U.S. revises last quarter economic growth rate up to 2.9% – Reuters

Despite high interest rates and chronic inflation, the U.S. economy grew at an annual rate of 2.9% from July to September, the government said Wednesday in a healthy update from its initial estimate.

The last quarter’s rise in U.S. gross domestic product — the economy’s total output of goods and services — followed two straight quarters of contraction. This fall in production had raised fears that the economy had slipped into a recession in the first half of the year despite a still buoyant labor market and stable consumer spending.

Since then, however, most signs point to a resilient albeit slow economy, driven by steady hiring, ample job vacancies and low unemployment. Wednesday’s government report showed that the recovery in growth in the July-September period was led by solid gains in exports and stronger-than-expected consumer spending.

“Despite higher borrowing costs and prices, household spending – the engine of the economy – appears to be holding up, which is a positive development for the near-term outlook,” said Rubeela Farooqi, an economist in chief at High Frequency Economics.

This was the second of three estimates the Commerce Department will provide on economic expansion in the third quarter. In its initial estimate, the ministry estimated that the economy grew at an annual rate of 2.6% last quarter.

Economists expect the economy to post a modest 1% annualized growth from October to December, according to a survey of forecasters conducted by the Federal Reserve Bank of Philadelphia. The country’s manufacturing sector is slowing despite a loosening of supply chains that have been on hold since the economy began to rebound from the pandemic recession two years ago. And inflation threatens to weaken the crucial holiday shopping season. Retailers say inflation-weary shoppers are shopping cautiously, with many looking for the best bargains.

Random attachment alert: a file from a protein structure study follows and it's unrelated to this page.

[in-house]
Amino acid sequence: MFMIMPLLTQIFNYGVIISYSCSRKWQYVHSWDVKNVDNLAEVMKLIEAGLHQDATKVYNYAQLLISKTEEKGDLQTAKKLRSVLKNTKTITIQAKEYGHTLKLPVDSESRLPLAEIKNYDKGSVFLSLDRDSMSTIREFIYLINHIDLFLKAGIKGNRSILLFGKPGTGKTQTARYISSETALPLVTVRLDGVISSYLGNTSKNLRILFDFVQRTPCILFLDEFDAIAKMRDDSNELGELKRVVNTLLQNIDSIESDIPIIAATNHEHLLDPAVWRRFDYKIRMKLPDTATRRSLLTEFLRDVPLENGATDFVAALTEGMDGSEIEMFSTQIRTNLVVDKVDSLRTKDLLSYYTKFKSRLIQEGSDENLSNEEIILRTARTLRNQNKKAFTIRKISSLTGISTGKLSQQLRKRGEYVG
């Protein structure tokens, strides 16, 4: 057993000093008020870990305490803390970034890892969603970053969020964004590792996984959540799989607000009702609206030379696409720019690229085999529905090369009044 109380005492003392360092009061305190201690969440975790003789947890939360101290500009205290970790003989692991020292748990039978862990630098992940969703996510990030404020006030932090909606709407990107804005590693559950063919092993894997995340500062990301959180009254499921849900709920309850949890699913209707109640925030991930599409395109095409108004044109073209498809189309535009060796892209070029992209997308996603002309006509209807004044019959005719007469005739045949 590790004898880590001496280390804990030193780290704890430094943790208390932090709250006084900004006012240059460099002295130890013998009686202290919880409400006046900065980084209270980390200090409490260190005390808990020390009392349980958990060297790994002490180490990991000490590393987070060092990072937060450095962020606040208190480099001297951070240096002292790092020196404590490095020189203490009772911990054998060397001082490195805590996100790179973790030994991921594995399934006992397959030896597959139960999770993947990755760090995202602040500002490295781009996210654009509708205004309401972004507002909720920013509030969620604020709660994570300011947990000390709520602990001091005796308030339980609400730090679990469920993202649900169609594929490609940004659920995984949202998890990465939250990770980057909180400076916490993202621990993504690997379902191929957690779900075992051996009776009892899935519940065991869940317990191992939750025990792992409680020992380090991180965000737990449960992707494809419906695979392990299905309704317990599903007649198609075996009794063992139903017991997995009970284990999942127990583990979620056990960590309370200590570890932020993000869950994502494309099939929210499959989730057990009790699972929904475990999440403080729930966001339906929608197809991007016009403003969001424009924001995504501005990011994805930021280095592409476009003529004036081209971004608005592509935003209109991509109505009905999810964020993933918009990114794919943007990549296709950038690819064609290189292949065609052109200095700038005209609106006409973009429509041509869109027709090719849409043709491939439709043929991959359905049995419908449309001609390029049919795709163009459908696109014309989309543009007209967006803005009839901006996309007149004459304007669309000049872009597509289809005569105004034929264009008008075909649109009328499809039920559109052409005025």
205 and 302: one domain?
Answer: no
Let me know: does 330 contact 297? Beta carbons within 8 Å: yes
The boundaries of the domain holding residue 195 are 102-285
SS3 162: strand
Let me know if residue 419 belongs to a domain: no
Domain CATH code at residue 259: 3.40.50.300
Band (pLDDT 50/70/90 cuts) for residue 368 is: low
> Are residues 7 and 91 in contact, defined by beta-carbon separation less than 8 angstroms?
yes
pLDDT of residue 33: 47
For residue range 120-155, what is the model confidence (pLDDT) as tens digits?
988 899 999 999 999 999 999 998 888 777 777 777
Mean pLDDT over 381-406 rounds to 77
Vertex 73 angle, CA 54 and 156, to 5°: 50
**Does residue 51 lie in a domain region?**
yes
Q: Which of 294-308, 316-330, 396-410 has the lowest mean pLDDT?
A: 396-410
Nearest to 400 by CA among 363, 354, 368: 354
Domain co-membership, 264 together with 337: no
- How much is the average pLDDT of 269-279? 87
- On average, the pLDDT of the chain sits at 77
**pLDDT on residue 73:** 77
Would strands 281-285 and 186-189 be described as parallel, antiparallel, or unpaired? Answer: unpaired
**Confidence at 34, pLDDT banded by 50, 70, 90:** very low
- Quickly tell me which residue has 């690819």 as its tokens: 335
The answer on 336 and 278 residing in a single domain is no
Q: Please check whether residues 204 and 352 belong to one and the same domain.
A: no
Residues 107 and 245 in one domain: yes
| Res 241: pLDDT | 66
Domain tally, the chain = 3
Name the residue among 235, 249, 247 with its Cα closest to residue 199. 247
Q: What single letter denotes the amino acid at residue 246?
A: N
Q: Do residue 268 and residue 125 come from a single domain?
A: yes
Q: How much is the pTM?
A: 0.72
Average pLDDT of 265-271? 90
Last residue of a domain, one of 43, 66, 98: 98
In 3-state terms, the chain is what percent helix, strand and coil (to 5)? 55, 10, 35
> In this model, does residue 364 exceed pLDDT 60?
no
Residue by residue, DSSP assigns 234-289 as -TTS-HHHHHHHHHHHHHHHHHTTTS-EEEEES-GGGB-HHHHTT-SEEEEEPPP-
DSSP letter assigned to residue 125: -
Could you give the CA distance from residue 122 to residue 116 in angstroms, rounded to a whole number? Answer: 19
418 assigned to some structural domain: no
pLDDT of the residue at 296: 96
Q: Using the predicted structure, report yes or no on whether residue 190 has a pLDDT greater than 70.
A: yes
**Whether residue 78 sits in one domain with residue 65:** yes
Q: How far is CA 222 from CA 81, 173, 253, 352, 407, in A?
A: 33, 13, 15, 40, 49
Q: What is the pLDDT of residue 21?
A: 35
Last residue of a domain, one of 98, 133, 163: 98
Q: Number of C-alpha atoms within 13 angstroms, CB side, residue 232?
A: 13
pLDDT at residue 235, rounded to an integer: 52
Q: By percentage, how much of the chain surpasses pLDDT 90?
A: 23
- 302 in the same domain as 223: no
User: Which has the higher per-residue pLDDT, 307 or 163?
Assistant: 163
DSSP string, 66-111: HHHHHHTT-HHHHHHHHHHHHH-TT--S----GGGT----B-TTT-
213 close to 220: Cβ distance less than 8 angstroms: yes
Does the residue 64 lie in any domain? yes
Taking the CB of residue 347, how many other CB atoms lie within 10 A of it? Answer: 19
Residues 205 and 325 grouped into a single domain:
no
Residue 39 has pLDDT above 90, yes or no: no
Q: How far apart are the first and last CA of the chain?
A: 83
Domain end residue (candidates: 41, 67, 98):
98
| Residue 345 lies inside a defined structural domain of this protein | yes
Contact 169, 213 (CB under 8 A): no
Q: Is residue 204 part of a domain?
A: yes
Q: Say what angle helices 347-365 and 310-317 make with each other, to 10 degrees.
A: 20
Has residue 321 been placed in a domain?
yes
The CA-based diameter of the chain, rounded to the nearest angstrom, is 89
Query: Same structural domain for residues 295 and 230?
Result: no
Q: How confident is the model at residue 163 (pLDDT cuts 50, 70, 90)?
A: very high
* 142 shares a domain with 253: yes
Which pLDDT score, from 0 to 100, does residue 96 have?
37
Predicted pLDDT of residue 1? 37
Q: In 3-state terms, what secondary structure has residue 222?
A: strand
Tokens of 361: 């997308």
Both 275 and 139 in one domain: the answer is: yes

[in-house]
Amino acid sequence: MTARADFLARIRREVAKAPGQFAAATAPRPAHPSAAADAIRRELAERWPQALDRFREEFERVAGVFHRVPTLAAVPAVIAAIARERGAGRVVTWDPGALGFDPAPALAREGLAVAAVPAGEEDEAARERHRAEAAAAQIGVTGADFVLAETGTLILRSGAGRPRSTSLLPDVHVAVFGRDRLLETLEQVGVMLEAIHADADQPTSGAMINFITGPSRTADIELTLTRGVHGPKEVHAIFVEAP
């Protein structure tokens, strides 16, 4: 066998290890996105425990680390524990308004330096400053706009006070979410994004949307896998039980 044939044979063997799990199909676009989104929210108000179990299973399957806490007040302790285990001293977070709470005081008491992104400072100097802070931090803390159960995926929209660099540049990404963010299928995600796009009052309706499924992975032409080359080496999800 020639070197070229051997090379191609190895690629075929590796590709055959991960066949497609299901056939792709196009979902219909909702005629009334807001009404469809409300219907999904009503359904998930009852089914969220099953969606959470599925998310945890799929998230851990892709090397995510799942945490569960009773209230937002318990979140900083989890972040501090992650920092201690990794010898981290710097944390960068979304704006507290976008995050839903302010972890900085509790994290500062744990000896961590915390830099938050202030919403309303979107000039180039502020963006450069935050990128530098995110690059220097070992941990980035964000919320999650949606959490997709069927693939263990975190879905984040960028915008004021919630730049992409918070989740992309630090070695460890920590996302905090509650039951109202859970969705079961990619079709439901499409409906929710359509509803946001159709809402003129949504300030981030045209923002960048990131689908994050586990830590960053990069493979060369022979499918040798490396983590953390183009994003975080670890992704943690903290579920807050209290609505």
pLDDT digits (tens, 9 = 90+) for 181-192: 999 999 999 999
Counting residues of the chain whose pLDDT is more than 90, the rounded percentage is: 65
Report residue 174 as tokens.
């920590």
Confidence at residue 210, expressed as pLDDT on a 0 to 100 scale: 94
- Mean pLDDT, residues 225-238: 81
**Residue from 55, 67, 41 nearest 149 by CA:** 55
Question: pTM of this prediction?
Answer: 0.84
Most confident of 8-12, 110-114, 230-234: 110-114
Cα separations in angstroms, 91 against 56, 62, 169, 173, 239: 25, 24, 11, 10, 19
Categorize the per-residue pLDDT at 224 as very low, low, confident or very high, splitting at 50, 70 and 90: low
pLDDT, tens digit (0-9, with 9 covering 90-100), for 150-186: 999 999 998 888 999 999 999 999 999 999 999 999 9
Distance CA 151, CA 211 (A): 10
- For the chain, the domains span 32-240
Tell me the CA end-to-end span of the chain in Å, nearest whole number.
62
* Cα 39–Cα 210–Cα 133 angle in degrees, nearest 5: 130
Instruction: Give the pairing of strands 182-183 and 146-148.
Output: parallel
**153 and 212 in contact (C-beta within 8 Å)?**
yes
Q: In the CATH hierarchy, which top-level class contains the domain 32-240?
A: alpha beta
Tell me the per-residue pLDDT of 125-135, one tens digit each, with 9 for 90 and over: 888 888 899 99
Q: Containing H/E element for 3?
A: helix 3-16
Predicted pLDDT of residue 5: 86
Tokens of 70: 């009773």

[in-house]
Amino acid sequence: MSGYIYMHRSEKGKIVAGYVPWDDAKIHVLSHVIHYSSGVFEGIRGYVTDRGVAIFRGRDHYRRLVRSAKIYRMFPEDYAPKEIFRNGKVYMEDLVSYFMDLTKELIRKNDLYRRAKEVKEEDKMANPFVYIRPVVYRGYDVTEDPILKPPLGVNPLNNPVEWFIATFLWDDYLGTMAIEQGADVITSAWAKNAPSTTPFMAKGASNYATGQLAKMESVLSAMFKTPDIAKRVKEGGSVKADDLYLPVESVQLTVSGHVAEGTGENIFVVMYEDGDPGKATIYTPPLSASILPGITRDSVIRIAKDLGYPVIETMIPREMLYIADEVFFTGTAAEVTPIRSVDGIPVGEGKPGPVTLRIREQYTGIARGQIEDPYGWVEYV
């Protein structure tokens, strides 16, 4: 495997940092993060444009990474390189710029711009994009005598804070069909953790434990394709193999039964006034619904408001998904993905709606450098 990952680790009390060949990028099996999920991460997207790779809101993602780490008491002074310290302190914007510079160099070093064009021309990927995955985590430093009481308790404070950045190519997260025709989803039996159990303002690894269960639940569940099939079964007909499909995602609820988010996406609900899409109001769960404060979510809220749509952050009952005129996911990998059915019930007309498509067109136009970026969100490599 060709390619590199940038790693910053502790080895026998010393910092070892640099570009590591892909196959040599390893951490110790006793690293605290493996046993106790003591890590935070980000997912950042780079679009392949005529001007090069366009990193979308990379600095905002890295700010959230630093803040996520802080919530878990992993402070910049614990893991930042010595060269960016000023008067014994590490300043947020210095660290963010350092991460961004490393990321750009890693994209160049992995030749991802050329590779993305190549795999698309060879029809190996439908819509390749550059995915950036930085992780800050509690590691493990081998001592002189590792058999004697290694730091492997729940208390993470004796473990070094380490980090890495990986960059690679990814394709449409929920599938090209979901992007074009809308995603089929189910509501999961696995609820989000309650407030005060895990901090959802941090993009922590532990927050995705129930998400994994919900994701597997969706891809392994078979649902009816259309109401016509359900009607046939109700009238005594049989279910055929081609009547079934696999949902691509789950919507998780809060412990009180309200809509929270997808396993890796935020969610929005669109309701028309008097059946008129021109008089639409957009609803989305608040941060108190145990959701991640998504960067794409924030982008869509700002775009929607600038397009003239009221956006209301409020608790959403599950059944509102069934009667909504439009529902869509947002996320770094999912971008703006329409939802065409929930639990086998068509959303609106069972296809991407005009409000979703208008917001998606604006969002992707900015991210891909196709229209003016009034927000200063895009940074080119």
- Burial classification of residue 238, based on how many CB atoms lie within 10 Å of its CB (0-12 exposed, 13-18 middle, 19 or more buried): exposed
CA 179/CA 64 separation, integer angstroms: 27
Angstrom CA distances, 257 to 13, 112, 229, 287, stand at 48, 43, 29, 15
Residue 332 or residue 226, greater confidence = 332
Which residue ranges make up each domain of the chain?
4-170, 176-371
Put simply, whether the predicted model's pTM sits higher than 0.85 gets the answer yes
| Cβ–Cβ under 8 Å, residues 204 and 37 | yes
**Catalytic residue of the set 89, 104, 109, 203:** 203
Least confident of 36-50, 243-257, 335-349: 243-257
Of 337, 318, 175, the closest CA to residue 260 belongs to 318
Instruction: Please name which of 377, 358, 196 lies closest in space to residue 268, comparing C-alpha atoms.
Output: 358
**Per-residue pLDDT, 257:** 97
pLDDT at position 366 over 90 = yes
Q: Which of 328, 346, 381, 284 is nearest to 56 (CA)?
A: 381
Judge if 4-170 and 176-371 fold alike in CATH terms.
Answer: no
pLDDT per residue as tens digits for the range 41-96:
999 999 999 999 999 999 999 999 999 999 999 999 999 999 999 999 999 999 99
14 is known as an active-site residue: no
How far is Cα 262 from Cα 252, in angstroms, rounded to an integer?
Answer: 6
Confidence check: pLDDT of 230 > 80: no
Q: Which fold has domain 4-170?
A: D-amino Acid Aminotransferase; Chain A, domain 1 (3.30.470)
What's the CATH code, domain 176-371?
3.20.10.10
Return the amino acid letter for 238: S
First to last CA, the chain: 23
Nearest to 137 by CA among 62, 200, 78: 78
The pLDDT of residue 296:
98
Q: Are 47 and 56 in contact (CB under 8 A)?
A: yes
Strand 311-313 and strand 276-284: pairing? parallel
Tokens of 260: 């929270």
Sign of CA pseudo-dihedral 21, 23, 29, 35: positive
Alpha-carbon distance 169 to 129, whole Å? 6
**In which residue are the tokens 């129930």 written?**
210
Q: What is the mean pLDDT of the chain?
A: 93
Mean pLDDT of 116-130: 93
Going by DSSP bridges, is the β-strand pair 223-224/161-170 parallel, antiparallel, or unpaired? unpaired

But a recession, if likely mild, is widely expected in 2023 as the Federal Reserve tries to tame the worst inflation episode in four decades by aggressively raising interest rates. The Fed has raised its short-term policy rate six times this year, including four straight hikes of three-quarters of a percentage point. The central bank is expected to announce an additional half-point increase in its key rate at its next meeting in mid-December.

Since the Fed’s benchmark rate influences many personal and business loans, its series of hikes has made most loans across the economy significantly more expensive. This has been especially true for mortgage rates, which have proven devastating for the US housing market. With mortgage rates doubling over the past year, housing investment fell from July to September at an annual rate of 26.8%, according to Wednesday’s GDP report.

Chairman Jerome Powell stressed that the Fed will do whatever it takes to rein in surges in consumer prices, which climbed 7.7% in October from a year earlier – a slowdown from a year-over-year high of 9.1% in June but still well above the Fed’s 2% target.

Economists had ignored the GDP contraction in the first half of the year because it did not reflect any major fundamental weakness in the economy. Instead, it was caused primarily by an influx of imports and a reduction in business inventories.

In the meantime, the labor market has remained surprisingly sustainable. Employers have added a healthy average of 407,000 jobs per month so far in 2022. And according to a survey by data firm FactSet, economists predict the country has gained an additional 200,000 jobs this month. The government will release the November jobs report on Friday.

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